Arts & Entertainment
1 min

Kinnie Starr on How I Learned to Run

Xtra.ca covers Writing Outside the Margins

Xtra’s arts and entertainment editor Gordon Bowness caught up with author and recording artist Kinnie Star at this year’s Writing Outside the Margins Queer Literary Festival. Bowness asked Star about how music and literature intersect in her work.

Kinnie Starr is one of Canada’s most adored and critically acclaimed underground musicians. Widely known in hip hop circles as an artist with a strikingly authentic voice, Starr has been blazing trails since 1996 with her beat-slamming recordings, outspoken race and gender politics, edgy visual art and stunning good looks.

The New Yorker described Starr as “edgy and enchanting.” Japan Times wrote, “never didactic, always intelligent.” Canada’s own Globe and Mail described Starr as a “raw and feral talent.”

Having sidestepped the machinery of “fame” by squeezing out of a record deal with Mercury/Island/DefJam in 1999, Starr chose instead to forge a slow burning, multi faceted career. Since 1999, she has worked for Lakeshore Records (USA), Maple Music Canada, and is currently signed to the illustrious Ole Music Publishing as a songwriter.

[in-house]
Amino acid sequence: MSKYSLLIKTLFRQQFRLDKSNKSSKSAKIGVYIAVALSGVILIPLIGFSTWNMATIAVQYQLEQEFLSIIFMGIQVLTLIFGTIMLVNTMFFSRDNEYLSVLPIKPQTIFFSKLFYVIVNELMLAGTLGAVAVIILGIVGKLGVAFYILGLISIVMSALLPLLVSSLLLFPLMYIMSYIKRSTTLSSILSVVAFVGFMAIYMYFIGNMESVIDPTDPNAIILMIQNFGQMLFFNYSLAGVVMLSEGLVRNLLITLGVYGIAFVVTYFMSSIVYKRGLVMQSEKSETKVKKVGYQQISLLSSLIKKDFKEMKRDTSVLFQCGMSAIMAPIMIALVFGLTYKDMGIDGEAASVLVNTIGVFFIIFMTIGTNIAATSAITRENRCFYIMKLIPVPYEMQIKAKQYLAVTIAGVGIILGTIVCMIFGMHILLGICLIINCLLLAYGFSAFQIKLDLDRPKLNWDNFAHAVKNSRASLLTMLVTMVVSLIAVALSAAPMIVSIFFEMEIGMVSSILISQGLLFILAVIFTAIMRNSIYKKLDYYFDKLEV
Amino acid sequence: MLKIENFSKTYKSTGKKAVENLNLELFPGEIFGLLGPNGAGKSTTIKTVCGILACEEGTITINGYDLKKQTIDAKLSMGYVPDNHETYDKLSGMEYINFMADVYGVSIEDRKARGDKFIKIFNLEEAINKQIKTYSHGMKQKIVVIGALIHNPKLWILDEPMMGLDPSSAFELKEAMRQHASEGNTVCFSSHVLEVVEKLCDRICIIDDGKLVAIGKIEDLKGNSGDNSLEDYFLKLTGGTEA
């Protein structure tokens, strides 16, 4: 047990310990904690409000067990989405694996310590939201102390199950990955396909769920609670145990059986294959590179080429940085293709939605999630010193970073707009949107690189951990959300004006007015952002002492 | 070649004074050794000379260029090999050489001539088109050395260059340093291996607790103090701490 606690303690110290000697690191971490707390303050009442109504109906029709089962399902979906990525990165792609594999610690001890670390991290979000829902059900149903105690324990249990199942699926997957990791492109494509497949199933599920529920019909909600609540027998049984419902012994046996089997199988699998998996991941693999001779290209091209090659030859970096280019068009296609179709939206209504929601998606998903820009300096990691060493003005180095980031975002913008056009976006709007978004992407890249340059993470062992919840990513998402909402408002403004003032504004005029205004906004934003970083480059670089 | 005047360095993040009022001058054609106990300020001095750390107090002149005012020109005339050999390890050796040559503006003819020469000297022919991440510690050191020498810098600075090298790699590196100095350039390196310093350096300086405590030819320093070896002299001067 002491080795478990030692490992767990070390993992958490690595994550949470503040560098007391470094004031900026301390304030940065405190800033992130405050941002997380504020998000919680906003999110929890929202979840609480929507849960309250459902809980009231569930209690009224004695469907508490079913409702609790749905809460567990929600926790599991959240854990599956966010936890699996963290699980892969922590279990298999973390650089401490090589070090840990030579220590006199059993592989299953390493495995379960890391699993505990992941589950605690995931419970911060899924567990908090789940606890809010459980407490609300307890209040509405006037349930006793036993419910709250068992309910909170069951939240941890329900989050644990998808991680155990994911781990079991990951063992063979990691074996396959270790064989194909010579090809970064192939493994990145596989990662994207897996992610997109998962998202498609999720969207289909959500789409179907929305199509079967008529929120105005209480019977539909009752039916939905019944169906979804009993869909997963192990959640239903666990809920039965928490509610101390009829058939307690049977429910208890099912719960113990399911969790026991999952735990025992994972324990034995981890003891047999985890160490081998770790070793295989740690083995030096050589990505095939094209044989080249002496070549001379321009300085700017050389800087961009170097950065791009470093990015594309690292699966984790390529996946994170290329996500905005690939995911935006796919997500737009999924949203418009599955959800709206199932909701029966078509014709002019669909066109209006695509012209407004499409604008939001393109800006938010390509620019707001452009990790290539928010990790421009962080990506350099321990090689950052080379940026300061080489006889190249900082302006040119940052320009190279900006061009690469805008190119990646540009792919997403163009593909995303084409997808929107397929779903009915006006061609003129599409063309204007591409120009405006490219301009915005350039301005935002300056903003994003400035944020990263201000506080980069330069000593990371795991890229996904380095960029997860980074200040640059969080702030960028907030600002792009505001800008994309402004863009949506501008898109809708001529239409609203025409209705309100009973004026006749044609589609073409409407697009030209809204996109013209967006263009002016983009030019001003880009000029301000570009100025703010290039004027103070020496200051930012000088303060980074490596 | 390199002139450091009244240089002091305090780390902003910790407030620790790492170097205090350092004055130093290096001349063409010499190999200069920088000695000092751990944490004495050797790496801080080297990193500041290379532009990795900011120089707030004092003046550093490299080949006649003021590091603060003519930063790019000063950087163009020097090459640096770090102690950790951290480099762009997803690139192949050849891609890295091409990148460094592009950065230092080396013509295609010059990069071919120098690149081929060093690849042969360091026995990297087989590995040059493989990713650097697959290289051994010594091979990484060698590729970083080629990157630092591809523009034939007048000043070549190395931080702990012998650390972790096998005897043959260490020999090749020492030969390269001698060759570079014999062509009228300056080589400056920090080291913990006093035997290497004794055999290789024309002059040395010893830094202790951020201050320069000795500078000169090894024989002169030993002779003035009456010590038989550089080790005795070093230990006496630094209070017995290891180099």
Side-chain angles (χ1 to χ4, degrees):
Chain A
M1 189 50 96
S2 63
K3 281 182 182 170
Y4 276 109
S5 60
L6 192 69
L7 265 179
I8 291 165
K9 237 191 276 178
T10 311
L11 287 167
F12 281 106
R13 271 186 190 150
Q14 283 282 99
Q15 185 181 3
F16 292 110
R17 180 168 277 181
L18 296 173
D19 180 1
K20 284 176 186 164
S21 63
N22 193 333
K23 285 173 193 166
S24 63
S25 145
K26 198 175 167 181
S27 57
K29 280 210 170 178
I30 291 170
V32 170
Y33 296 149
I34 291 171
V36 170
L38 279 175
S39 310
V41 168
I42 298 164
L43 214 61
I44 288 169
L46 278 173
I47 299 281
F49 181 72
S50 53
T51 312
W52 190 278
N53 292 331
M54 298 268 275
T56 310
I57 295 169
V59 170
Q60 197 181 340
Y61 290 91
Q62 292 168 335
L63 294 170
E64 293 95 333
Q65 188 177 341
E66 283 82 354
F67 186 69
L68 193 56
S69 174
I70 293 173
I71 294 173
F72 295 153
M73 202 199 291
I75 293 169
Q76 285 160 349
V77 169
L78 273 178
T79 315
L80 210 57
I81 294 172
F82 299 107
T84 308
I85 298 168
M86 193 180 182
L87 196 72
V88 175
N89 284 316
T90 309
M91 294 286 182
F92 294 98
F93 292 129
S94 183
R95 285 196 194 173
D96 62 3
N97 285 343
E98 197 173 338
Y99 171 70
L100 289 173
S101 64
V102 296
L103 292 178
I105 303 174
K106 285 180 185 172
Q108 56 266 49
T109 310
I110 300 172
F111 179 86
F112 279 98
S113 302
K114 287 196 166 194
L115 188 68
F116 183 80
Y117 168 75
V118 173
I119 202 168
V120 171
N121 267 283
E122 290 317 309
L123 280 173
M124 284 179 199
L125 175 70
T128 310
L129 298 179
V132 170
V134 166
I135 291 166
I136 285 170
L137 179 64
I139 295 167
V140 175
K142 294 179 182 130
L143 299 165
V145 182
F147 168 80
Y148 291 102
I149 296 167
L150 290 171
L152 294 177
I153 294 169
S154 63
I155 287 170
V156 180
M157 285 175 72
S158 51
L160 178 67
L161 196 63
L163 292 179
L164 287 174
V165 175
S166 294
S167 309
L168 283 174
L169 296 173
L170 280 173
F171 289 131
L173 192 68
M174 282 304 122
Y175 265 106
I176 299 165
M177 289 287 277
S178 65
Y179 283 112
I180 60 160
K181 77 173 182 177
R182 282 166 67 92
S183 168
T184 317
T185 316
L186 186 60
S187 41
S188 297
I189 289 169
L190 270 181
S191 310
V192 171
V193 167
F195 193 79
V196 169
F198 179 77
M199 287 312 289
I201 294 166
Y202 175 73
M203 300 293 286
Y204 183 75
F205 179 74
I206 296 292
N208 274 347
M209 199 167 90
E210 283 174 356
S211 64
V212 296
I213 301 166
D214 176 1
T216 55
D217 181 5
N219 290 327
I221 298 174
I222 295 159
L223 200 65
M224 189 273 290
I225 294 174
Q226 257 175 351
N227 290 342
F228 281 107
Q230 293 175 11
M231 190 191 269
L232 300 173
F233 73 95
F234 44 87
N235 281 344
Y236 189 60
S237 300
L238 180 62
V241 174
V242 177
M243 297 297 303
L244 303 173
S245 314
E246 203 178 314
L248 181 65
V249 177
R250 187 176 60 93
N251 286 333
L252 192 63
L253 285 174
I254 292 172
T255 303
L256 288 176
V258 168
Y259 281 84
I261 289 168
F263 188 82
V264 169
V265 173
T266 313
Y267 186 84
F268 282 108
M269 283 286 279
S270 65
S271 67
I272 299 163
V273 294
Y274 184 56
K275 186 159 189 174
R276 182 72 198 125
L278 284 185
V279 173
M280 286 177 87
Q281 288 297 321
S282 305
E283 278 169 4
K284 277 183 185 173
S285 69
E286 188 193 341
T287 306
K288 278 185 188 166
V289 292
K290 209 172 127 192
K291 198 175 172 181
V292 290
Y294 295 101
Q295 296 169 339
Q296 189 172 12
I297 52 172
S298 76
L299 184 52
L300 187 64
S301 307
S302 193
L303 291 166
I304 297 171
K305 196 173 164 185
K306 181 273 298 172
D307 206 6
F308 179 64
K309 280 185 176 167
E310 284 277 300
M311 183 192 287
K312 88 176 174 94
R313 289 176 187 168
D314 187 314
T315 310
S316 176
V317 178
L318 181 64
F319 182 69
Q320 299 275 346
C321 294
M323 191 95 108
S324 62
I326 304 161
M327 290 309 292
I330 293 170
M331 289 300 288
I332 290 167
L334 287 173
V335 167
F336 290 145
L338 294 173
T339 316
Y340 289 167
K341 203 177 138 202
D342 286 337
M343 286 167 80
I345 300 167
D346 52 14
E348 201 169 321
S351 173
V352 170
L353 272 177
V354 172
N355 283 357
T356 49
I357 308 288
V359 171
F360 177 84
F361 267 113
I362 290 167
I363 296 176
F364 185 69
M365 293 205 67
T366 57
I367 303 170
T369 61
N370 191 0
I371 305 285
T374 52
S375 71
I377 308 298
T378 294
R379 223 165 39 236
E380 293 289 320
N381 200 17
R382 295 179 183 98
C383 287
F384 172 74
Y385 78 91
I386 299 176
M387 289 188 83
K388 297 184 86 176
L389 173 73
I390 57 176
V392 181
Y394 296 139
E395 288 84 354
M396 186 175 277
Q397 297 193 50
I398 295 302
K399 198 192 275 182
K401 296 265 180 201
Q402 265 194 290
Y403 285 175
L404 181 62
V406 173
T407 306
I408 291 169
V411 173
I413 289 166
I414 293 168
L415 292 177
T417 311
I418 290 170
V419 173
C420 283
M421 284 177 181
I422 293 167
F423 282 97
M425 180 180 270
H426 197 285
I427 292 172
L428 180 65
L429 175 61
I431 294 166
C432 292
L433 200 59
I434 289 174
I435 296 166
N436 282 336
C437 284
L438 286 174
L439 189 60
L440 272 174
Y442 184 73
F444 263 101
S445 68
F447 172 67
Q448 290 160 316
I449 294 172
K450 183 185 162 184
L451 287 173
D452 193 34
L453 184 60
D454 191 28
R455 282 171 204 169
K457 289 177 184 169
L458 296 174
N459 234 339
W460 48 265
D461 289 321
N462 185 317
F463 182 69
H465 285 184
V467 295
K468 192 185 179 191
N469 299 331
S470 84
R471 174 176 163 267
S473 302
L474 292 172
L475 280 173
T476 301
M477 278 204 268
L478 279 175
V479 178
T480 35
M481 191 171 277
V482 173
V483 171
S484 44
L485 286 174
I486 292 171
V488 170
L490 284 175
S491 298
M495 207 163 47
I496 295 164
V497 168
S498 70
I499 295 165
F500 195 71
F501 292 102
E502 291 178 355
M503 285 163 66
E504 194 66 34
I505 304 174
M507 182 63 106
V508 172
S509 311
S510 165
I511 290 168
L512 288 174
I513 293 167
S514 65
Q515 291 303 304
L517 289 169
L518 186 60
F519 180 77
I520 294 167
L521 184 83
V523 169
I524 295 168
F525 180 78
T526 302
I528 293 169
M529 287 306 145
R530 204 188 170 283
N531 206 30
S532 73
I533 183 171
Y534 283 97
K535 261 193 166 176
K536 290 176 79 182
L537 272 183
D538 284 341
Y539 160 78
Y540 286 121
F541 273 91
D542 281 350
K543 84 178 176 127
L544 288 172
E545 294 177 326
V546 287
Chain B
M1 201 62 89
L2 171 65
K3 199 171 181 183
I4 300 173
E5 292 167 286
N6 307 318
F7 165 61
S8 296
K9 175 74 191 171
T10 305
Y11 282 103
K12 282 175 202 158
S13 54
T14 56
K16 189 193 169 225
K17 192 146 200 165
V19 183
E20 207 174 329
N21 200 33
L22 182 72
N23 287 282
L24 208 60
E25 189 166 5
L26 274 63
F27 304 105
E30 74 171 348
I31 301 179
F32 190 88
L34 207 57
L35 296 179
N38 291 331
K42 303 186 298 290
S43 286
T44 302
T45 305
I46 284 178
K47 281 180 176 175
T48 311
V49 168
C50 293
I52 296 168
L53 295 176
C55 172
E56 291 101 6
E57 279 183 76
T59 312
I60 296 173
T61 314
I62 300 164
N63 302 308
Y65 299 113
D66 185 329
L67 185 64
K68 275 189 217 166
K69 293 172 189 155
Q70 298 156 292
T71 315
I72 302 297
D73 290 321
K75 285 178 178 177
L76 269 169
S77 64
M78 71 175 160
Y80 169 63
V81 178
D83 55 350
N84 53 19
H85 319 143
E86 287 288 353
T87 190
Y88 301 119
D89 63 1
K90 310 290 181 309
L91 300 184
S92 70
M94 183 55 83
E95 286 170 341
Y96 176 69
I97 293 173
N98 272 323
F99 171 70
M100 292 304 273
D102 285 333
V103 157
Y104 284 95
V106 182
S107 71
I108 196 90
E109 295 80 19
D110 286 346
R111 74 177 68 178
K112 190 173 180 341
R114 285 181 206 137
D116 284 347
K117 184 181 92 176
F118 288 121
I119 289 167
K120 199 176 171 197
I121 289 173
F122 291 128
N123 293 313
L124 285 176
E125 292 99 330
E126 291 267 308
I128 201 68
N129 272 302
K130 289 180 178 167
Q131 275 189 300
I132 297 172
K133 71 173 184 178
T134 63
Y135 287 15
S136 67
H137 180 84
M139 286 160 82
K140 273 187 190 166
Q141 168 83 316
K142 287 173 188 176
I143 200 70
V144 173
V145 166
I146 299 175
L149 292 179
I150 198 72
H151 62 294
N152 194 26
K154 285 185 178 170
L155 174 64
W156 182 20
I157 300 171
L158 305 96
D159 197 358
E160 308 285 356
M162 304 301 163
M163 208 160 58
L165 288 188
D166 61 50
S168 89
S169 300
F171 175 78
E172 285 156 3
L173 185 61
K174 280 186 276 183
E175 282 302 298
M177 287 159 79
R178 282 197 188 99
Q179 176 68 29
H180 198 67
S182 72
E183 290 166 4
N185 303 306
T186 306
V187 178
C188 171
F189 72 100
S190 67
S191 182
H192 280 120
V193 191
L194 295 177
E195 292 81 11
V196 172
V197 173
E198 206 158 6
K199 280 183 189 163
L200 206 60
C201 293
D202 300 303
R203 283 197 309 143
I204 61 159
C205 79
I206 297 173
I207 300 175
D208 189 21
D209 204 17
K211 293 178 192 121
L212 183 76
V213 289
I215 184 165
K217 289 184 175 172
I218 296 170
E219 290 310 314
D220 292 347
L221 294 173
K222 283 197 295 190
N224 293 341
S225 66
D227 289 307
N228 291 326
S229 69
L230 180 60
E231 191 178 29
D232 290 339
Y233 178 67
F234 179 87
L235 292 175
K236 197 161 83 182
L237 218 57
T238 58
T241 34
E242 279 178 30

In 2003 Starr sung and cat walked in Las Vegas for Cirque Du Soleils’s naughty X-rated show, Zumanity. That same year she was nominated for a Juno as Best New Artist (she lost to crooner Michael Buble). Starr played the National Aboriginal Achievement Awards in 2004 and 2006, and has had her music featured prominently in The L Word, Zellers, and Catherine Hardwicke’s feature film, Thirteen.

Kinnie Starr’s latest artistic ventures are alongside the fabulous Chin Injeti and Parlange Jesus out of The Hastings Set, Vancouver, BC.

This new EP, A Different Day, is a tight collection of raw, sexy, ‘chanteuse’ songs exclusively about love. For the first time in her career, Starr leaves the bravado of hip hop/rock for the intimacy of songs so naked and tender they stop traffic. The album will be available in 2009 following closely on the heels of Starr’s first book through House Of Parlance, entitled How I Learned To Run.

After four albums and a decade of international touring, this is her long-awaited book of poetry, photos and drawings; a contemplative look at sexuality, love, hisory and the complexities of being part Mohawk in a Canadian family that has yet to come to terms with its indigenous roots.
 

Check out more coverage of the 2008 Writing Outside the Margins festival.